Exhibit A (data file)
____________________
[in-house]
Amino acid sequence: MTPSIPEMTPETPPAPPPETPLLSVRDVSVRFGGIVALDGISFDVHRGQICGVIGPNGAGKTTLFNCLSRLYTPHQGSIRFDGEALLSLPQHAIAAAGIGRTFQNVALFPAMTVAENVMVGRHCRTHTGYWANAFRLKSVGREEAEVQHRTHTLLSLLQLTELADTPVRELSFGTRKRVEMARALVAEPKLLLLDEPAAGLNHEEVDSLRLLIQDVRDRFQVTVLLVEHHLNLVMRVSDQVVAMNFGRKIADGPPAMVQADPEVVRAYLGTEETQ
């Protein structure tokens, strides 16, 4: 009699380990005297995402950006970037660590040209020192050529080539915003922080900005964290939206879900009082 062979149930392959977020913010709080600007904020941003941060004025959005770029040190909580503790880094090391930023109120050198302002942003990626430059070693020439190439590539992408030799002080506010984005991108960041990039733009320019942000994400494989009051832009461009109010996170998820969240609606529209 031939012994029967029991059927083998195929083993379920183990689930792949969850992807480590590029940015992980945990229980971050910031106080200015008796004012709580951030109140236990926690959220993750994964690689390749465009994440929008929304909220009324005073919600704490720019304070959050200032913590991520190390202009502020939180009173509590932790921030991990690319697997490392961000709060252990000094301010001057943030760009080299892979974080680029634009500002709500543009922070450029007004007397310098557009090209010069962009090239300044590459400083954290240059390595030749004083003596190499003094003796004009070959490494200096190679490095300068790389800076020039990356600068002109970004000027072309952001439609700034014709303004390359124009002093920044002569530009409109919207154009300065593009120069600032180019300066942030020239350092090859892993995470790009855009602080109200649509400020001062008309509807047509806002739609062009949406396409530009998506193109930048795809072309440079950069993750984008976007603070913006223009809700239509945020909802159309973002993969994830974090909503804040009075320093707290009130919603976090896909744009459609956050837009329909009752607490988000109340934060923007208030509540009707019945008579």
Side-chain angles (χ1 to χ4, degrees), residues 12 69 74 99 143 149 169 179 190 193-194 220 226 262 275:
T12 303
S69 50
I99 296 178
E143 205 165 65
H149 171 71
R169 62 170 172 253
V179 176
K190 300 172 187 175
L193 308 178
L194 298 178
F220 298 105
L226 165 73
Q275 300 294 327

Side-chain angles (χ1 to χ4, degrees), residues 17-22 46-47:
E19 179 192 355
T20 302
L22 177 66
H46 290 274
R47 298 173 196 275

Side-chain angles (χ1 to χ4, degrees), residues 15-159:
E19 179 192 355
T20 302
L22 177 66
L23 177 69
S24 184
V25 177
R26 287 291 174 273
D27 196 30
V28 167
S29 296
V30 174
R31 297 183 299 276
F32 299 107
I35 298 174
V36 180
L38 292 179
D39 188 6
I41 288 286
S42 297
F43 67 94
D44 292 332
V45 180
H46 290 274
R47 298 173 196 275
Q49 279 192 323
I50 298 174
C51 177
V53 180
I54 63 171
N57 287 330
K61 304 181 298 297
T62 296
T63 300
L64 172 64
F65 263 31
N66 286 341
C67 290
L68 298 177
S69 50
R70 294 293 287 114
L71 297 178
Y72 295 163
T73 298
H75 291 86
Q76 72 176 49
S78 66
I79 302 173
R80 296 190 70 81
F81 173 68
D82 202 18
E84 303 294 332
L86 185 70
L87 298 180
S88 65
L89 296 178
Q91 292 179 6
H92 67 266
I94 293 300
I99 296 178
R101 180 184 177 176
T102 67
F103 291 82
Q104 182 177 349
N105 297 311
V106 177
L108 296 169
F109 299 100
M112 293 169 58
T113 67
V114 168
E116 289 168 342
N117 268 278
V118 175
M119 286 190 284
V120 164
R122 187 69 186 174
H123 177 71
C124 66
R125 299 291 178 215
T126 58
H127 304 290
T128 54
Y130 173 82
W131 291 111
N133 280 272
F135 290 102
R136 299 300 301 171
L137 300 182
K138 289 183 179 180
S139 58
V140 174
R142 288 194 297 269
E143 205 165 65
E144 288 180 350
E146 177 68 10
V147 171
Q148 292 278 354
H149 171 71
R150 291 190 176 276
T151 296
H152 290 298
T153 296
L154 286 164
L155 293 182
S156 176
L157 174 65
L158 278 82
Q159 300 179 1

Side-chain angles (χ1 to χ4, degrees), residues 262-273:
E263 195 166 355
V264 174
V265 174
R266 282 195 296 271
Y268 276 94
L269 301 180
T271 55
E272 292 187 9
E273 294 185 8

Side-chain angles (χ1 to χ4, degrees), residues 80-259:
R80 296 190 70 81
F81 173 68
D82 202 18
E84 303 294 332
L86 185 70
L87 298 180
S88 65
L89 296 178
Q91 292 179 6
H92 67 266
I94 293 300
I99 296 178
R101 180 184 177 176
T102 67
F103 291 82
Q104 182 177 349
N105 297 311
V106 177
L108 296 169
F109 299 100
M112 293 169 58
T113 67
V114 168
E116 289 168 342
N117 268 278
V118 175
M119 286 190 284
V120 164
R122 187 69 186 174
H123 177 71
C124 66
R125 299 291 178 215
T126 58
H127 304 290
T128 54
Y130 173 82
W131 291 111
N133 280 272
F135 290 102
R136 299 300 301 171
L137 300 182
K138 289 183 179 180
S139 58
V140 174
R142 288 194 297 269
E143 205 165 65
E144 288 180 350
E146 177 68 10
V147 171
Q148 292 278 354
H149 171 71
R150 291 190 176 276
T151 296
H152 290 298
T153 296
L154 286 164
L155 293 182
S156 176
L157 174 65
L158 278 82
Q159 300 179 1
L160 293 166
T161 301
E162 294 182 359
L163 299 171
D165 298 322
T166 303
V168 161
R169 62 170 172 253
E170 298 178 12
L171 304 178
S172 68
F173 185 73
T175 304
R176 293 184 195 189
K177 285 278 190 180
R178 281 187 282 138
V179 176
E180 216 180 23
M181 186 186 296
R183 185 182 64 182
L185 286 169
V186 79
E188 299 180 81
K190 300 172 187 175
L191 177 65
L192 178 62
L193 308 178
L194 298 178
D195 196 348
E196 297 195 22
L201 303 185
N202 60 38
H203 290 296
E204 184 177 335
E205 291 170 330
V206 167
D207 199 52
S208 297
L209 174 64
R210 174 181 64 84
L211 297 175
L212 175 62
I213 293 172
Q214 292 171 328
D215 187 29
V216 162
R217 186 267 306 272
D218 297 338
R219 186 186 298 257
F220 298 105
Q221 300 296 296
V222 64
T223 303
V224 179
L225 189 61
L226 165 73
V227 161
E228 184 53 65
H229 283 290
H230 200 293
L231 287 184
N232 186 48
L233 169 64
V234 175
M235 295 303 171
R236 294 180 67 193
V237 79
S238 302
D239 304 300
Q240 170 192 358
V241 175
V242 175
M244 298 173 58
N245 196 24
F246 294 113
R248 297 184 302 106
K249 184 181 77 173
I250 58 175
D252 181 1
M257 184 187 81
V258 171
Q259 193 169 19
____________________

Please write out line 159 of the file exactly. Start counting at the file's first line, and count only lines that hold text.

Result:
Q104 182 177 349